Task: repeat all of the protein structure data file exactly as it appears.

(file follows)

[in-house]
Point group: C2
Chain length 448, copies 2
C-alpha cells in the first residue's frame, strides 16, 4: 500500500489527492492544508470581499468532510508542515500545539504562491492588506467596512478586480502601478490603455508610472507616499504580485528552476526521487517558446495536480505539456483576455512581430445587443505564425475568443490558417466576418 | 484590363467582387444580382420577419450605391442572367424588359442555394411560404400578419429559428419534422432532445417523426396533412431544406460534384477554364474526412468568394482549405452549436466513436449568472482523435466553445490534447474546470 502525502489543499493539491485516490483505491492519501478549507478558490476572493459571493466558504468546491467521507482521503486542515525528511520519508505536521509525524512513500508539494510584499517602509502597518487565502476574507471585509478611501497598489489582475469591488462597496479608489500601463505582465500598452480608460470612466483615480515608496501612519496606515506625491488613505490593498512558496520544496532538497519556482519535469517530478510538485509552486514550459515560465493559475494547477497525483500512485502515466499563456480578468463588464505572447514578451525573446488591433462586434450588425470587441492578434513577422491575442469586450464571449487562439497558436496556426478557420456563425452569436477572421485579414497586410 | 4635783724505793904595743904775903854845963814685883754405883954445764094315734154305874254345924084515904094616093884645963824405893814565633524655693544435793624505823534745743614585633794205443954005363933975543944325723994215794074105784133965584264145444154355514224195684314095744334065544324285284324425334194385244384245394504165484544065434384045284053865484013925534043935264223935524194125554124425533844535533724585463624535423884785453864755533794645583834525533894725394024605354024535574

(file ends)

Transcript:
[in-house]
Point group: C2
Chain length 448, copies 2
C-alpha cells in the first residue's frame, strides 16, 4: 500500500489527492492544508470581499468532510508542515500545539504562491492588506467596512478586480502601478490603455508610472507616499504580485528552476526521487517558446495536480505539456483576455512581430445587443505564425475568443490558417466576418 | 484590363467582387444580382420577419450605391442572367424588359442555394411560404400578419429559428419534422432532445417523426396533412431544406460534384477554364474526412468568394482549405452549436466513436449568472482523435466553445490534447474546470 502525502489543499493539491485516490483505491492519501478549507478558490476572493459571493466558504468546491467521507482521503486542515525528511520519508505536521509525524512513500508539494510584499517602509502597518487565502476574507471585509478611501497598489489582475469591488462597496479608489500601463505582465500598452480608460470612466483615480515608496501612519496606515506625491488613505490593498512558496520544496532538497519556482519535469517530478510538485509552486514550459515560465493559475494547477497525483500512485502515466499563456480578468463588464505572447514578451525573446488591433462586434450588425470587441492578434513577422491575442469586450464571449487562439497558436496556426478557420456563425452569436477572421485579414497586410 | 4635783724505793904595743904775903854845963814685883754405883954445764094315734154305874254345924084515904094616093884645963824405893814565633524655693544435793624505823534745743614585633794205443954005363933975543944325723994215794074105784133965584264145444154355514224195684314095744334065544324285284324425334194385244384245394504165484544065434384045284053865484013925534043935264223935524194125554124425533844535533724585463624535423884785453864755533794645583834525533894725394024605354024535574